Brown’s film explores the unusual prison fight program, a modern day update of a legendary story about the originator of Muy Thai, who successfully won his own freedom by taking on ten Burmese fighters back-to-back in 1774. Thai wardens saw the prestige that they could gain from having winning prisoners – and suggests that they could profit from it – and have developed prison fight as a rehabilitation program for the crowded, dangerous prison system. The focus here is on Noy Khaopan, a convicted murderer who may see a potential pardon if he wins his next bout, against American Cody Moberly, a white professional fighter briefly profiled here, who escaped drug abuse by coming to Thailand, exploring spirituality, and working the Thai boxing circuit. Also included here is the story of Oh Sirimongkol Singwangcha, a former American-style boxer who achieved celebrity only to find himself in prison on trumped-up drug possession charges. After participating in the prison fight program, Oh eventually won his pardon, and now is able to use what’s left of his fame to eke out a living via Muy Thai boxing. Noy is followed as he trains for his fight, with his parents and young son pinning their hopes on his success so he can rejoin them as a family. On the flip side, the parents of the young man Noy impulsively murdered are also heard from, who would rather see Noy die in prison. Brown hews a bit too close to sports film conventions – and is particularly hampered by overwritten narration – but the film nevertheless tackles an intriguing avenue toward redemption.

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On DVD: MARINONI: THE FIRE IN THE FRAME

marinoniNew to DVD this week:
MARINONI: THE FIRE IN THE FRAME

Director:
Tony Girardin

Premiere:
Hot Docs 2014

Notable Festivals:
Global Visions

About:
A portrait of a curmudgeonly racing bike manufacturer.

I previously wrote about the doc here.

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On DVD: A PLASTIC OCEAN

a-plastic-ocean-image-1400x787New to DVD this week:
A PLASTIC OCEAN

Director:
Craig Leeson

Premiere:
Raindance 2016

Notable Festivals:
Wildlife Conservation, Big Sky, Wild & Scenic, Barbados, Waimea Ocean Film Festival

About:
A journalist travels the world to explore the impact of plastic pollution.

Leeson, who serves as the film’s onscreen host, explains how he came to investigate our world’s plastic problem after fulfilling a lifetime’s dream to see the blue whale in its natural habitat. While on this whale watching expedition, he encountered some of the plastic waste that has been causing harm to ocean ecosystems for years now. This serves as the impetus to embark on a (likely not particularly environmentally-friendly) global odyssey to survey the dangers posed by our disposable-minded culture and plastic’s durability – not just on oceans but on land as well. Leeson and his collaborators, including free-diving champion Tanya Streeter, seen here delivering a TEDx talk, are clearly earnest, passionate advocates for humanity to change their ways, make better choices, and clean up the mess before it’s really too late for us all, but the film itself offers very little that hasn’t been explored in other documentary projects already with more focused and artful storytelling. Still, it’s a well-intentioned project that might help bring attention to an increasingly dire problem.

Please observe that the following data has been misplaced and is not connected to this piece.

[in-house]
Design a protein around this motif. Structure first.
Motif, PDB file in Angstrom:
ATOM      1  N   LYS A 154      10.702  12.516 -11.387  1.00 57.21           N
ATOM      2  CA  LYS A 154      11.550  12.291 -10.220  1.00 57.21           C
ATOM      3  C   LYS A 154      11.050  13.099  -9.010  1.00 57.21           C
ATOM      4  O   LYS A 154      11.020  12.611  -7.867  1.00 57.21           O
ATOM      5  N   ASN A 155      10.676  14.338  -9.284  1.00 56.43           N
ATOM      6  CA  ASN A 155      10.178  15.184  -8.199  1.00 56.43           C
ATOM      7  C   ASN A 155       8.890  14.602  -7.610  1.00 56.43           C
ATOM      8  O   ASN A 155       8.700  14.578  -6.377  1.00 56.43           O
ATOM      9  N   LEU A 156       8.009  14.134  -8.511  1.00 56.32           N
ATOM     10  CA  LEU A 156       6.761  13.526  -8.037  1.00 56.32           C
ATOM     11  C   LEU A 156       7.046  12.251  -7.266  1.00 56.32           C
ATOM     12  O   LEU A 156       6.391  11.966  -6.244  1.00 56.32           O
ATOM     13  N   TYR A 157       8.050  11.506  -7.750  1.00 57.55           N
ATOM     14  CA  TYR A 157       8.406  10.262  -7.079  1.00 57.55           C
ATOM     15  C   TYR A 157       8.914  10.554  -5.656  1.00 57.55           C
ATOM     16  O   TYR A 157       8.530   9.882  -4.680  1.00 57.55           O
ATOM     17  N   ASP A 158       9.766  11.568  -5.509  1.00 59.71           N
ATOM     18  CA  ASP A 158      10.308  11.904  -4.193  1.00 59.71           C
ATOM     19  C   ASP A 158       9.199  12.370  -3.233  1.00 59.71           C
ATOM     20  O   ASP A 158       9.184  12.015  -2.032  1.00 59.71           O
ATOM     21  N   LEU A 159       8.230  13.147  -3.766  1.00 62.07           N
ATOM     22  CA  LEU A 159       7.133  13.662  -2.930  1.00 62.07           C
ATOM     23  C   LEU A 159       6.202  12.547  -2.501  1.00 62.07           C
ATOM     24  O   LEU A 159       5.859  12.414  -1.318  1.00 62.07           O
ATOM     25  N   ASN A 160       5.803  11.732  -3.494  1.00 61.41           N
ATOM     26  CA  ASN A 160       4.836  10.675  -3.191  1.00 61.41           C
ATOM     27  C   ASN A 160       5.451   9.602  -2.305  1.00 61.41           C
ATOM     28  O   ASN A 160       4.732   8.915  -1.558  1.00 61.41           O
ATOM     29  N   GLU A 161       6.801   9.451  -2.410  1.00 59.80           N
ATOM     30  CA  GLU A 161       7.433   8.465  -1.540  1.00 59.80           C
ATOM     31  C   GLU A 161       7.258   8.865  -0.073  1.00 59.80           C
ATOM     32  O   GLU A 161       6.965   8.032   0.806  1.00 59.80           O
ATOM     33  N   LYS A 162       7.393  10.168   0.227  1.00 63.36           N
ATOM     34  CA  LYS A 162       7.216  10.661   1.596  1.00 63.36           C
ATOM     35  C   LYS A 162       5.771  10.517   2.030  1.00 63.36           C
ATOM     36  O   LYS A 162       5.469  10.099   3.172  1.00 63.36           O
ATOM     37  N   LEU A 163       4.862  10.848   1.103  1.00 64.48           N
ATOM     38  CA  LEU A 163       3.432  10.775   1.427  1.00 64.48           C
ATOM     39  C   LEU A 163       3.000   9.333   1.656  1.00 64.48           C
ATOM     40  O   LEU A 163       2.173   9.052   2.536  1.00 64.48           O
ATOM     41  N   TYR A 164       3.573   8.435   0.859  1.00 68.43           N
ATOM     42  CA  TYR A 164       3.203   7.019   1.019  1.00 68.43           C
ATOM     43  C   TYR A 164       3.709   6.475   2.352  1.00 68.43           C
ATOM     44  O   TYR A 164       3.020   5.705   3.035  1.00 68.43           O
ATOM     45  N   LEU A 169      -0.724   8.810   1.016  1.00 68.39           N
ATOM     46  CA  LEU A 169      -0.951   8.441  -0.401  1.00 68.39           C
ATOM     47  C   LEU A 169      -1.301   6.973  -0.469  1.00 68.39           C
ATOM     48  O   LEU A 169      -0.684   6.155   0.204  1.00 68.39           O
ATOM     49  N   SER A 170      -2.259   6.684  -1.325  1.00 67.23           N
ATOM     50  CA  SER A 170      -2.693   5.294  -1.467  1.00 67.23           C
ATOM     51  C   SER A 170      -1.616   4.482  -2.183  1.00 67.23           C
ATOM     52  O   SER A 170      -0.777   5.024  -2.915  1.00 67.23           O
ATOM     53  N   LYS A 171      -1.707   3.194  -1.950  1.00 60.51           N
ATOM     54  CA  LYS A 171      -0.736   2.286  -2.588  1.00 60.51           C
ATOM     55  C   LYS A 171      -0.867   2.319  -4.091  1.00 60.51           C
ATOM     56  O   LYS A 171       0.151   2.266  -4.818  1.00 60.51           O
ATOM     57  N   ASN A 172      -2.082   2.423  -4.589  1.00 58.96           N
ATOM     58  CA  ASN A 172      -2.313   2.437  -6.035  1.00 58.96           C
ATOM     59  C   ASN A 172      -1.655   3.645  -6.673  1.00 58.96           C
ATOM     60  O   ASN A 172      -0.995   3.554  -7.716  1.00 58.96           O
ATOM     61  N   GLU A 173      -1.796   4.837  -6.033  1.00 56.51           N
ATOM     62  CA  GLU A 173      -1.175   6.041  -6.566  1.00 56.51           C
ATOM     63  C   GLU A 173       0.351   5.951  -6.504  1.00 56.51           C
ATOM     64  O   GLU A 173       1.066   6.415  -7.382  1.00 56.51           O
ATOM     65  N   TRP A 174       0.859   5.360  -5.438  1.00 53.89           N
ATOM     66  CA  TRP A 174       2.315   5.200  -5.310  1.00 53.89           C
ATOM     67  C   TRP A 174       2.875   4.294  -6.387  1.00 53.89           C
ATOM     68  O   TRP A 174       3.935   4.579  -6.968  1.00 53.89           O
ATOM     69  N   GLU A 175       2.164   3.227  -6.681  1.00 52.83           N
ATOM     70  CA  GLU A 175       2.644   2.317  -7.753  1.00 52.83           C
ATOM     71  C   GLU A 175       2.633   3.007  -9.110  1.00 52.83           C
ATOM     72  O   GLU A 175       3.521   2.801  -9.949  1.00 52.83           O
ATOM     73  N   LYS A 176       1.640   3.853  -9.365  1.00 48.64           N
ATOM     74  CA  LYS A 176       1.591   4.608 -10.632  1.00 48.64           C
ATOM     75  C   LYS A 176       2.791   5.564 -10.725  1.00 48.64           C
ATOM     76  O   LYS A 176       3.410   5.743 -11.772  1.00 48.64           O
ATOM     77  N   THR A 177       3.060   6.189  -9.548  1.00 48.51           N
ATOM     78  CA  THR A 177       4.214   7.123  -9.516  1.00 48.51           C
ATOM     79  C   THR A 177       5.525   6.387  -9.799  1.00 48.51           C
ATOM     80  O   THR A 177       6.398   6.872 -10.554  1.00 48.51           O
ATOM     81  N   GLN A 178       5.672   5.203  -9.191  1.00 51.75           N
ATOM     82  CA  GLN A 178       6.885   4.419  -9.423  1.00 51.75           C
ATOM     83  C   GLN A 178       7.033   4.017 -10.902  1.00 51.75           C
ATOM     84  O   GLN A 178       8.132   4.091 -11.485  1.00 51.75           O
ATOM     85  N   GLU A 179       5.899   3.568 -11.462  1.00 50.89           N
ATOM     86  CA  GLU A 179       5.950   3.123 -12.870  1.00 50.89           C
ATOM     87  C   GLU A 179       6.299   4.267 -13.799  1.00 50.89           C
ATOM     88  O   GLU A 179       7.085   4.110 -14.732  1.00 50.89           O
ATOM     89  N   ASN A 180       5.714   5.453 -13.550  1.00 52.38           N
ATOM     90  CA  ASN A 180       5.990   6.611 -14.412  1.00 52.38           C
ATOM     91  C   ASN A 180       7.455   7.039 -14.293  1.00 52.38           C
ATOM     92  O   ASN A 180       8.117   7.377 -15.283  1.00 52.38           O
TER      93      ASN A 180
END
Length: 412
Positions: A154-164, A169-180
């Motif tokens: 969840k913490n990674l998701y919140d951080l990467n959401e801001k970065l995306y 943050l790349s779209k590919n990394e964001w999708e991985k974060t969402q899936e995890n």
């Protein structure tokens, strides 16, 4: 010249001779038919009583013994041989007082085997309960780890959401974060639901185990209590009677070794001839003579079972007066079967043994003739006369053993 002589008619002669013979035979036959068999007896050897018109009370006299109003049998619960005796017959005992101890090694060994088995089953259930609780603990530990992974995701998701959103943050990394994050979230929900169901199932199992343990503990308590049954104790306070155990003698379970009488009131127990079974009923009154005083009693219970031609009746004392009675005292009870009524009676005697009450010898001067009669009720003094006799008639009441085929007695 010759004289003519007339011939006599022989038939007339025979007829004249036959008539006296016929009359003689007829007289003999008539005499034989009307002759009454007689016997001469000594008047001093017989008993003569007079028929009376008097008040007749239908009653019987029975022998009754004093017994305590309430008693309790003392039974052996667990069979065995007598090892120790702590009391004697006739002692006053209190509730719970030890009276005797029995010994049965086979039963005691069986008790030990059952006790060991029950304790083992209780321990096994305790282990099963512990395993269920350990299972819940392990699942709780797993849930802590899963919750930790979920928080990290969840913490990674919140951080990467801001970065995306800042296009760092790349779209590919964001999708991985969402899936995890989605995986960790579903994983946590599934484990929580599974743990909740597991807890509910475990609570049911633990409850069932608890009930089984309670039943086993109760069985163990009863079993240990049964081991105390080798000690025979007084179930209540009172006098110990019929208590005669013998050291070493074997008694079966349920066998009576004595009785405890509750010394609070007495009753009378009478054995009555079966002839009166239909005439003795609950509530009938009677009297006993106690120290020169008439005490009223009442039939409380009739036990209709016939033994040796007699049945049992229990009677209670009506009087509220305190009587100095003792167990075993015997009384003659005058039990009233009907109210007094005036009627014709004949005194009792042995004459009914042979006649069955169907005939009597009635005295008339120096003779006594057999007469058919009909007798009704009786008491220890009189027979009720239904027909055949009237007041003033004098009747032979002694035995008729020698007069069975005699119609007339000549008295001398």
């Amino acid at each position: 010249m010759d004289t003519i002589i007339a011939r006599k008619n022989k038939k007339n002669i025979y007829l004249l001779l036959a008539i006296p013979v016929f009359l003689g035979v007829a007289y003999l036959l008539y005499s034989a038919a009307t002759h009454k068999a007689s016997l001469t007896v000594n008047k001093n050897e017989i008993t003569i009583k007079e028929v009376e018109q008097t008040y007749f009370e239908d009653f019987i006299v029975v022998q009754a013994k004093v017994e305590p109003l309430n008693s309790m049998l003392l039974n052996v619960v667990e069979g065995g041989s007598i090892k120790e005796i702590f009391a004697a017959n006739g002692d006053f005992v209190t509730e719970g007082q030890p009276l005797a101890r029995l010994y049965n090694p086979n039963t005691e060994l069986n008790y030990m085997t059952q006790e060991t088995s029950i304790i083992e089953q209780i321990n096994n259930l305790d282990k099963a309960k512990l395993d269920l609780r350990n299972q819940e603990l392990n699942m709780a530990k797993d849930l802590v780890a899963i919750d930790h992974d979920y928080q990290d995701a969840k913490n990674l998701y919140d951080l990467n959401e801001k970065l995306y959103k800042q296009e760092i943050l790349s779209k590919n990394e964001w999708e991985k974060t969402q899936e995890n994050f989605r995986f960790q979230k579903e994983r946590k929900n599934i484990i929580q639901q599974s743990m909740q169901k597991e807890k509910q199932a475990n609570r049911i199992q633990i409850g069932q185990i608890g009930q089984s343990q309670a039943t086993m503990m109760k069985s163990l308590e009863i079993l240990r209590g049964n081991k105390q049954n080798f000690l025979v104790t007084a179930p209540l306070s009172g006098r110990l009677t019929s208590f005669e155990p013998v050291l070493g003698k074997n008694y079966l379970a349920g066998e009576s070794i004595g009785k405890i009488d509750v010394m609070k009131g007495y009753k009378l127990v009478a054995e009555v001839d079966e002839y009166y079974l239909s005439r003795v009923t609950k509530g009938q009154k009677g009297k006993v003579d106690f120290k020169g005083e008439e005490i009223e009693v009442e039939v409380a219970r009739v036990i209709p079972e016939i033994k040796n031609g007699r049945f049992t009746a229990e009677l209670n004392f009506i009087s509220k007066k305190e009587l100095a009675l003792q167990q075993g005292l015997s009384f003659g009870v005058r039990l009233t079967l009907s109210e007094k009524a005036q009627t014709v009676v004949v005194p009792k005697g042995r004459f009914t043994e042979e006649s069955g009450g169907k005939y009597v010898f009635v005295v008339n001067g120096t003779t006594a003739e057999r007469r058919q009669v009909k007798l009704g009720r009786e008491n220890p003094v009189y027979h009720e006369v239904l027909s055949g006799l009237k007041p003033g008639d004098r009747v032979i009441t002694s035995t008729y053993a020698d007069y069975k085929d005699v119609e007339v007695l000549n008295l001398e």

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On VOD: JESUS TOWN, USA

jesus townNow on VOD via Amazon Video:
JESUS TOWN, USA

Directors:
Billie Mintz and Julian T Pinder

Premiere:
Am Docs 2014

Notable Festivals:
Hot Docs, Visions du Réel, RIDM, Sydney Underground, Heartland, Dokufest Kosovo

About:
Behind the scenes of a small town’s long-established, epically-staged annual passion play.

For nearly 90 years, the biblical story of Jesus has been faithfully recounted on a grand scale in the foothills of Oklahoma for the annual Holy City of the Wichitas Easter passion play. In its earliest days, the event apparently drew more than 200,000 spectators, but attendance has been in decline for decades. Mintz and Pinder’s briefly relate its history, but focus more on the challenges facing the community as they mount the latest staging – in particular, the actor who has long played Jesus has retired, prompting a search for a new Son of God. Enter Zack, a good-natured, rotund, long-haired misfit. The amateur is game for the role of a lifetime, but harbors a secret that could rock the community and which plays out through the course of the film – he no longer considers himself a Christian. Detailing a massive event that’s clearly a labor of love for all involved, but which can come off to outsiders as a quirky slice of Americana and/or Christian low-level zealotry, the filmmakers unfortunately err too much on the side of playing it for laughs. Overlaying the conventions of the mockumentary form on their real-life project, the result is at times strained, with some scenes feeling particularly staged and music as a whole doing disservice to their otherwise appealing subjects and themes.

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On VOD: ACCIDENTAL COURTESY: DARYL DAVIS, RACE & AMERICA

accidentalNew to VOD this week:
ACCIDENTAL COURTESY: DARYL DAVIS, RACE & AMERICA

Director:
Matt Ornstein

Premiere:
SXSW 2016

Select Festivals:
Cleveland, Atlanta, Nashville, Montclair, Bergen

About:
A portrait of an African-American man who befriends KKK members.

I previously wrote about the doc here.